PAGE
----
Each dish was prepared fresh, right in front of us. When presented on the bar, the chef would explain every single component of the dish. The ones I recall, some better than others:

  • Japanese tai (red snapper) with black grape reduction, black grapes and kalamata olive gelee
  • An aji, or Spanish mackerel dish
  • Trout three ways: ice cream, roulade and ravioli filled with trout head (the ‘pasta’ was made of trout stock) with crispy trout roe and skin (this was my personal favourite dish, if only because it was so bizarre to eat fish flavoured ice cream)
  • Two different tuna courses, including bluefin tuna tartare, the other as “Cherry Blossoms in the Snow”, above
  • Carbonated carrots and scallops. The carrots were in a liquid and carbonated, so that it danced on your tongue.
  • “Oysters on the Beach”: Razor clams and oysters with horseradish granules (representing sand) and a sea water foam to represent the ocean.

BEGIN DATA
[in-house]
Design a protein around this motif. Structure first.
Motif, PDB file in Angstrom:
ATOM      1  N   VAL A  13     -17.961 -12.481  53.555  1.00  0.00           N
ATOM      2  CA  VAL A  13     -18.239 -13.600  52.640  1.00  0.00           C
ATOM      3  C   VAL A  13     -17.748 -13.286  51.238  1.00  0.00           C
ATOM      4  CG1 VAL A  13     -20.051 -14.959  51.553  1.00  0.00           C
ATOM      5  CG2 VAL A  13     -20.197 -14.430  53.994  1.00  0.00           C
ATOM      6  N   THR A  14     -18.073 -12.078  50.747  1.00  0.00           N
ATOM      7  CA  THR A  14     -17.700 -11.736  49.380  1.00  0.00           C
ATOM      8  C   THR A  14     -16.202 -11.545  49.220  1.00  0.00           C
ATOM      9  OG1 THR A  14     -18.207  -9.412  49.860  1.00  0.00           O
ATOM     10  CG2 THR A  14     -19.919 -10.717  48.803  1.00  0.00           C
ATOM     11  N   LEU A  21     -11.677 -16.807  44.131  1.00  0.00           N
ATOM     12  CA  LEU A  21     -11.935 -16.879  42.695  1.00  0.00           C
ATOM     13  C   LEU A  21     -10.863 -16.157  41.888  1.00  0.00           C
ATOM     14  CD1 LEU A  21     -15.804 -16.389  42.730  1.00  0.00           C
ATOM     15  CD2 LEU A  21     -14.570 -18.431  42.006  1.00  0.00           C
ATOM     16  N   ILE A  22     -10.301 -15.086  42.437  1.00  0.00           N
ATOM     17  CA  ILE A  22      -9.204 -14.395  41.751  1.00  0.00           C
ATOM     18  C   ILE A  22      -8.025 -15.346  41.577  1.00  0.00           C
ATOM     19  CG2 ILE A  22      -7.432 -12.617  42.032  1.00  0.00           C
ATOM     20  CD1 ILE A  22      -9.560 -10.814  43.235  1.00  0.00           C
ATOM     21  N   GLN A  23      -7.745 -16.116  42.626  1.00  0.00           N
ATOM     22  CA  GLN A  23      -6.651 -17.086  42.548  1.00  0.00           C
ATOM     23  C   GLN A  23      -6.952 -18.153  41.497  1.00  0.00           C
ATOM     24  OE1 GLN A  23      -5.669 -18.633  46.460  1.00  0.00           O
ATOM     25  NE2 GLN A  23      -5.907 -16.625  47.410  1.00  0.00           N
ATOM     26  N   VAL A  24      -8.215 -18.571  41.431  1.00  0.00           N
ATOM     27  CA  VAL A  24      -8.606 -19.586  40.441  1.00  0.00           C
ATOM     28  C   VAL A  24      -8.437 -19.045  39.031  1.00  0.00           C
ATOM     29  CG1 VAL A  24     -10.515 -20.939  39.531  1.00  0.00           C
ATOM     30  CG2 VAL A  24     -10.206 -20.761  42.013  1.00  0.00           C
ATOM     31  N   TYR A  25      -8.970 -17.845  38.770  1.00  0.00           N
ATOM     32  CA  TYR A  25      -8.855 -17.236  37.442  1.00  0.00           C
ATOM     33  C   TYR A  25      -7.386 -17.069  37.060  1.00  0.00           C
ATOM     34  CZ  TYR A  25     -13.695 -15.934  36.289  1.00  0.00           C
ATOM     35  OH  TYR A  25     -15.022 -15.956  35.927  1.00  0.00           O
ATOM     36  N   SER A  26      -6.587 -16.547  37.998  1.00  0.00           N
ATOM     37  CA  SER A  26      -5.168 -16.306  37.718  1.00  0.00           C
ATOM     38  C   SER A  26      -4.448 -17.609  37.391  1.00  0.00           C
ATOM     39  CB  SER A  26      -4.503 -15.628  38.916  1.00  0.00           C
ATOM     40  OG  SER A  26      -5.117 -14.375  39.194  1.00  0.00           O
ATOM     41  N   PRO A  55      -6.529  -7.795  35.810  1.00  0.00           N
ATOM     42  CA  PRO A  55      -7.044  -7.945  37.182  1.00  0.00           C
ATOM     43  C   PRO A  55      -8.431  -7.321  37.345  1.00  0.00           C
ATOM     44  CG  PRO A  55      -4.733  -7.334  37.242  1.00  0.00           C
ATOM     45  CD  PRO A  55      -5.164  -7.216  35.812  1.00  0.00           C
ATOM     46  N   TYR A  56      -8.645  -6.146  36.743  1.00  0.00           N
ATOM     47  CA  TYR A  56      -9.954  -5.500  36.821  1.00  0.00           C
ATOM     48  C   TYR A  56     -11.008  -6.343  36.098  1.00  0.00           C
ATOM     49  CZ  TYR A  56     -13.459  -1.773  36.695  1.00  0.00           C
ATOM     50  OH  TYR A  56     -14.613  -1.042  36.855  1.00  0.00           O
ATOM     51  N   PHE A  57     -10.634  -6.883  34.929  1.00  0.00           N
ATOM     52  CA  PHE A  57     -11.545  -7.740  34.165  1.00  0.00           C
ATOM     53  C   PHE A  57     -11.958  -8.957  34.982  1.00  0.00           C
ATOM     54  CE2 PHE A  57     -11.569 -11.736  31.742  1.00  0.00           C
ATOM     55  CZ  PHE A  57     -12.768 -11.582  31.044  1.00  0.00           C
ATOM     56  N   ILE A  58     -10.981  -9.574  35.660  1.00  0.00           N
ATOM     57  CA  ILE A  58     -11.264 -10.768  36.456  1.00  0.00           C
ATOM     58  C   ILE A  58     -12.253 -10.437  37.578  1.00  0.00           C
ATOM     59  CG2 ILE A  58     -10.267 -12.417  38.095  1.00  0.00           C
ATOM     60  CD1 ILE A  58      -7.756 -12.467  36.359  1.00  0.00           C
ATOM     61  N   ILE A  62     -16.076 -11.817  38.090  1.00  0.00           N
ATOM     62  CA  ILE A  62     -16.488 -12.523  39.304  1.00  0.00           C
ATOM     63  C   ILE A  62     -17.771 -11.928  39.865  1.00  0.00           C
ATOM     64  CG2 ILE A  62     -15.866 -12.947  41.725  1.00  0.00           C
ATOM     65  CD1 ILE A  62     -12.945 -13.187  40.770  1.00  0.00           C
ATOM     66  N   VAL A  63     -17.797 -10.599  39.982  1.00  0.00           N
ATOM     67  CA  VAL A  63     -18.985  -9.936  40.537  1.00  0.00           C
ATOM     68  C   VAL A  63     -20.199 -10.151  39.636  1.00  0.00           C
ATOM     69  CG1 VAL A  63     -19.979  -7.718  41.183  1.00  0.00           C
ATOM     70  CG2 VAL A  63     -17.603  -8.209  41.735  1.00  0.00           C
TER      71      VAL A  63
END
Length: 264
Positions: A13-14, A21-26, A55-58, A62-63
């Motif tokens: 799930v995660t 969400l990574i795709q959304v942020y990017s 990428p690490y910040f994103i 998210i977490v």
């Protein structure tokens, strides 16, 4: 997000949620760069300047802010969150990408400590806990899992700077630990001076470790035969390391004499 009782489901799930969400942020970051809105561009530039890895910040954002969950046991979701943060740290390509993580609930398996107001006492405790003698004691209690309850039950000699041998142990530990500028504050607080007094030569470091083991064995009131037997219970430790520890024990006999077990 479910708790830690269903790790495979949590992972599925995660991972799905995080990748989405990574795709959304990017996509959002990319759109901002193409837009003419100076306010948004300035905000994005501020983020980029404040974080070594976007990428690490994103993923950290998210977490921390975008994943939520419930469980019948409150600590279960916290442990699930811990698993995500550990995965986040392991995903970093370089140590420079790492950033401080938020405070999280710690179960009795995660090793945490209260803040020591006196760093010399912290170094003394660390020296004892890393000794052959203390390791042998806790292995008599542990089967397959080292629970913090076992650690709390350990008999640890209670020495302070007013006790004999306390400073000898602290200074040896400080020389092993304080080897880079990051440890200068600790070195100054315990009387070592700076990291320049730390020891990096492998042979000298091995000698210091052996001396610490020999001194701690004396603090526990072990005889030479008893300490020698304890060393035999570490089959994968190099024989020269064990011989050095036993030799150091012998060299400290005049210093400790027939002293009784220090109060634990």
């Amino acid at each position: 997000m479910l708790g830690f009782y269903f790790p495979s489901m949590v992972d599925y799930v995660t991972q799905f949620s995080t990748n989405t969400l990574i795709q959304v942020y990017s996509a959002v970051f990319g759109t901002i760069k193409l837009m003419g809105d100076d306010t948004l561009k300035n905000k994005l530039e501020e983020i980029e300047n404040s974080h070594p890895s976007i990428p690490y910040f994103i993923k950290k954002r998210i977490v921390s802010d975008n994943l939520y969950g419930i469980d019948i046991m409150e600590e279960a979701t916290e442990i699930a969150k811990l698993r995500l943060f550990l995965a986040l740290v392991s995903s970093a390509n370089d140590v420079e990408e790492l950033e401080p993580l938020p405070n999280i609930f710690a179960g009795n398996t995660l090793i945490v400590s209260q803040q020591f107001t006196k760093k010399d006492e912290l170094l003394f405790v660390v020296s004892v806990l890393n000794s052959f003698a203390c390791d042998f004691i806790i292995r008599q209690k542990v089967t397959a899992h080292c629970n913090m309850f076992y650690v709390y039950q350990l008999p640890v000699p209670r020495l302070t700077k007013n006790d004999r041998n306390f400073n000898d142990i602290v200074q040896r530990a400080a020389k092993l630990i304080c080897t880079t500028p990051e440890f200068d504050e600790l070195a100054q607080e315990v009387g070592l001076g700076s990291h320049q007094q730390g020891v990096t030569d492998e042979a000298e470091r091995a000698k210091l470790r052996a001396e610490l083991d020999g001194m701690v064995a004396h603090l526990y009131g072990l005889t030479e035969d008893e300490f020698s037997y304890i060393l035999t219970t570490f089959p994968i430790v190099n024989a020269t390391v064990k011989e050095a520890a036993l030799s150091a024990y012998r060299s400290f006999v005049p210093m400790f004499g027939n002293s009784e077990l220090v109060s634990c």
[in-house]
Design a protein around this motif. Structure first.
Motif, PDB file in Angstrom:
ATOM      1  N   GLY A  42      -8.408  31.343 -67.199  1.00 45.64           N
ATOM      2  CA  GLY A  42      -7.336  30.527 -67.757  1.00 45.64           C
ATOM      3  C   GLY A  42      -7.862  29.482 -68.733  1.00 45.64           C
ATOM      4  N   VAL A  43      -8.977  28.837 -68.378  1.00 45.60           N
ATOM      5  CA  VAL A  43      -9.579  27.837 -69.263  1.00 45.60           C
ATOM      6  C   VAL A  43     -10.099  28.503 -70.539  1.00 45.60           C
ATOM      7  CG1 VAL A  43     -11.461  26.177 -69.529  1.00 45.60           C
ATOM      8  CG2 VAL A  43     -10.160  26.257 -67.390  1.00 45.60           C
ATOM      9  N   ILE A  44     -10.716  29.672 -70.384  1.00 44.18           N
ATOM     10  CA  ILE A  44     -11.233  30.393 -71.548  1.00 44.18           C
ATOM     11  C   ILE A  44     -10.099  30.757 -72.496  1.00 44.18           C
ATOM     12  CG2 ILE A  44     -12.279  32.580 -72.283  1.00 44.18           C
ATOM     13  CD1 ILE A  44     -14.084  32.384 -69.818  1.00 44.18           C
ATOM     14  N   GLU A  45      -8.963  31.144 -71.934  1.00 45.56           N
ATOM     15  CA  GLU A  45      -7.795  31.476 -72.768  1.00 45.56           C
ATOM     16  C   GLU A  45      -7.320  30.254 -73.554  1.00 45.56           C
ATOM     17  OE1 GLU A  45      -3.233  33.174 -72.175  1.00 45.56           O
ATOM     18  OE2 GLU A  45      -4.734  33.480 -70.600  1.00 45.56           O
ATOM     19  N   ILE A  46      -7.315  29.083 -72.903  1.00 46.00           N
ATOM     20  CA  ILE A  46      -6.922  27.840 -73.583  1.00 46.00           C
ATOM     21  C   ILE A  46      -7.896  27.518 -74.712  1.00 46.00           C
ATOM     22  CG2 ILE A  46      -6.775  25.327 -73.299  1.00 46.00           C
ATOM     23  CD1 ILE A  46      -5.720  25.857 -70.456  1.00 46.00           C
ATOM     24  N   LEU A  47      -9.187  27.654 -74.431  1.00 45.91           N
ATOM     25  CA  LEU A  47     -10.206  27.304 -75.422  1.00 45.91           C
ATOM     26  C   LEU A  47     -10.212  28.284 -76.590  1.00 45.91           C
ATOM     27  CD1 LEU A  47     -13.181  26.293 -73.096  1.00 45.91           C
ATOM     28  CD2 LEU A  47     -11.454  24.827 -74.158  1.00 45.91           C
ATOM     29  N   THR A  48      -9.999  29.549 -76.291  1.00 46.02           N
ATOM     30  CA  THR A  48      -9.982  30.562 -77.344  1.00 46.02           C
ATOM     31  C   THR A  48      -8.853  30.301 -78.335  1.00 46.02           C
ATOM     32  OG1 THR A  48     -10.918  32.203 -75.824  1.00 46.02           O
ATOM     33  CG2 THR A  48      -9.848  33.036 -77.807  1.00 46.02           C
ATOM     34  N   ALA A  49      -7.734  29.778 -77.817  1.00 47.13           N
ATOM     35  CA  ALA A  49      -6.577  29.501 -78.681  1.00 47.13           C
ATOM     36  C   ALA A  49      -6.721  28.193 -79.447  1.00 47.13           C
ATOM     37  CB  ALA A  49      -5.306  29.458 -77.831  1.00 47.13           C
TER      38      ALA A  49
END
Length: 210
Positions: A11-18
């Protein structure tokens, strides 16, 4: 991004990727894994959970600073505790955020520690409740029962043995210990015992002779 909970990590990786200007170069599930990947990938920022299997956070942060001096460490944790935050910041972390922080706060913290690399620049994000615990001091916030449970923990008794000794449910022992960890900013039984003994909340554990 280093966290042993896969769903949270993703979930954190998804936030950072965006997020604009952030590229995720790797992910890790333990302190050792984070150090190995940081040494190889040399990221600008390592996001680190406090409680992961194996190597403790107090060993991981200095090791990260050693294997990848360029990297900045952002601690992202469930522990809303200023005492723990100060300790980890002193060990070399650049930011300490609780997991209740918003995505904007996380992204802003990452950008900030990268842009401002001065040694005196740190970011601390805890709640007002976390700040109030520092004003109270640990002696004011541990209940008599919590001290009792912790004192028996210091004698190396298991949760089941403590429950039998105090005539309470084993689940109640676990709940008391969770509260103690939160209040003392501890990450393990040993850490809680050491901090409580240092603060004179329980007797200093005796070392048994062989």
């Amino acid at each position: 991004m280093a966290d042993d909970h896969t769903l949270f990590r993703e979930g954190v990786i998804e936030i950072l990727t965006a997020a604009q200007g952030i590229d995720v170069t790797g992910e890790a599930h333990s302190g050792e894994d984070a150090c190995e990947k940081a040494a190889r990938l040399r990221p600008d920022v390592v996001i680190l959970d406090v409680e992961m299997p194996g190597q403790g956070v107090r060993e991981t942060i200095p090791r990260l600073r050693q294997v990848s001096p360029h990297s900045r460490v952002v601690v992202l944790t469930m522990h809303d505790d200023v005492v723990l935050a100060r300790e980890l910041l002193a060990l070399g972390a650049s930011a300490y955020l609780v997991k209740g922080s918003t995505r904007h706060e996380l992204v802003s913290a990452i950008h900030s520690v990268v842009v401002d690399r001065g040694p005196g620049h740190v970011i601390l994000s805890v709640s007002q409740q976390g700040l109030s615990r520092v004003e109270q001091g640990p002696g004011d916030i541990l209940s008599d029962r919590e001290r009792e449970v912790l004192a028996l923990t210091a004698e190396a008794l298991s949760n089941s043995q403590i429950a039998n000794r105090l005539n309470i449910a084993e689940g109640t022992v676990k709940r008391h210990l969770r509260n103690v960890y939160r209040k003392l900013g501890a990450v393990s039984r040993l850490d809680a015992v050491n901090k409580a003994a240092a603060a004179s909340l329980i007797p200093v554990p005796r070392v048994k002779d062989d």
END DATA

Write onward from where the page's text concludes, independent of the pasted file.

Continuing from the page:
• Sushi rice risotto with wild mushrooms
  • A piece of two-day braised Kurobuta pork belly on a confit of quinoa and Fuji apples.
  • Finally, a sorbet, two desserts and a sampling of petits fours.

Every dish was unbelievable and had several mouth feels, tastes and flavours going on. Everything ranging from bubbly, soft, firm, crunchy, chewy, sour, bitter, sweet, cold, gelatinous, umami… a true experience.

I regret not taking notes, but it really was nice to just sit back, relax and take the entire experience in. For such a complex – at times esoteric – meal that may never be replicated this may have been a mistake, but I am certain I will remember it for a long time.

PS: We made it to the show on time after our two and a half hour dinner: Penn & Teller were great.

UPDATE: You can read about my fantastic return trip to Bar Charlie in July here.

4 Responses to “Vegas Eats, Day 2: Bar Charlie”

  1. on 04 Mar 2009 at 8:43 am H.Peter

    Great pitures.

    I miss Vegas.

  2. on 04 Mar 2009 at 11:35 pm Roz

    wow! The presentation is by far the most exotic and creative I’ve ever seen! YuM! thanks for sharing!!!!

  3. on 05 Mar 2009 at 3:01 am kelly

    Me too, H. Peter. 🙁

  4. on 28 May 2011 at 4:43 pm Oki

    If you guys are wondering where Hiroo is these days; he’s living in San Francisco right now. He is in the process of opening up his own place in 2014 :). So no tears, he’ll be sharing his love of food with the world very soon.